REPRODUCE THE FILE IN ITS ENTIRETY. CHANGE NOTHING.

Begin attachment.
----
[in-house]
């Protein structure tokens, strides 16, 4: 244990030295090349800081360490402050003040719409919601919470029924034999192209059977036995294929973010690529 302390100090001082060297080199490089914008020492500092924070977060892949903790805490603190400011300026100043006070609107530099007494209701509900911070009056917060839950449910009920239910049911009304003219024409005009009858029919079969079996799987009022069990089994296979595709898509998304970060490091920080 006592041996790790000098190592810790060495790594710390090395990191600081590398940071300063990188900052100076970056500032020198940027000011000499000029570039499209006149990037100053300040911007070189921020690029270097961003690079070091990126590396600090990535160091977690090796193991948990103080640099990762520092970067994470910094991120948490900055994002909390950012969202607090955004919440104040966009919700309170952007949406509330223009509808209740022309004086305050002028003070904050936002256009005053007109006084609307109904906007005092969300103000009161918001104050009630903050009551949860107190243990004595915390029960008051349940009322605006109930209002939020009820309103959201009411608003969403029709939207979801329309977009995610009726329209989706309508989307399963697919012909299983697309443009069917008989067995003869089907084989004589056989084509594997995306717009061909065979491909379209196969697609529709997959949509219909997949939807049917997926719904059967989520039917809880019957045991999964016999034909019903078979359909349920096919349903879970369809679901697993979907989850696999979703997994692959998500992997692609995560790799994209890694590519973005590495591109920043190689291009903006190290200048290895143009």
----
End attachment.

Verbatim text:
[in-house]
């Protein structure tokens, strides 16, 4: 244990030295090349800081360490402050003040719409919601919470029924034999192209059977036995294929973010690529 302390100090001082060297080199490089914008020492500092924070977060892949903790805490603190400011300026100043006070609107530099007494209701509900911070009056917060839950449910009920239910049911009304003219024409005009009858029919079969079996799987009022069990089994296979595709898509998304970060490091920080 006592041996790790000098190592810790060495790594710390090395990191600081590398940071300063990188900052100076970056500032020198940027000011000499000029570039499209006149990037100053300040911007070189921020690029270097961003690079070091990126590396600090990535160091977690090796193991948990103080640099990762520092970067994470910094991120948490900055994002909390950012969202607090955004919440104040966009919700309170952007949406509330223009509808209740022309004086305050002028003070904050936002256009005053007109006084609307109904906007005092969300103000009161918001104050009630903050009551949860107190243990004595915390029960008051349940009322605006109930209002939020009820309103959201009411608003969403029709939207979801329309977009995610009726329209989706309508989307399963697919012909299983697309443009069917008989067995003869089907084989004589056989084509594997995306717009061909065979491909379209196969697609529709997959949509219909997949939807049917997926719904059967989520039917809880019957045991999964016999034909019903078979359909349920096919349903879970369809679901697993979907989850696999979703997994692959998500992997692609995560790799994209890694590519973005590495591109920043190689291009903006190290200048290895143009």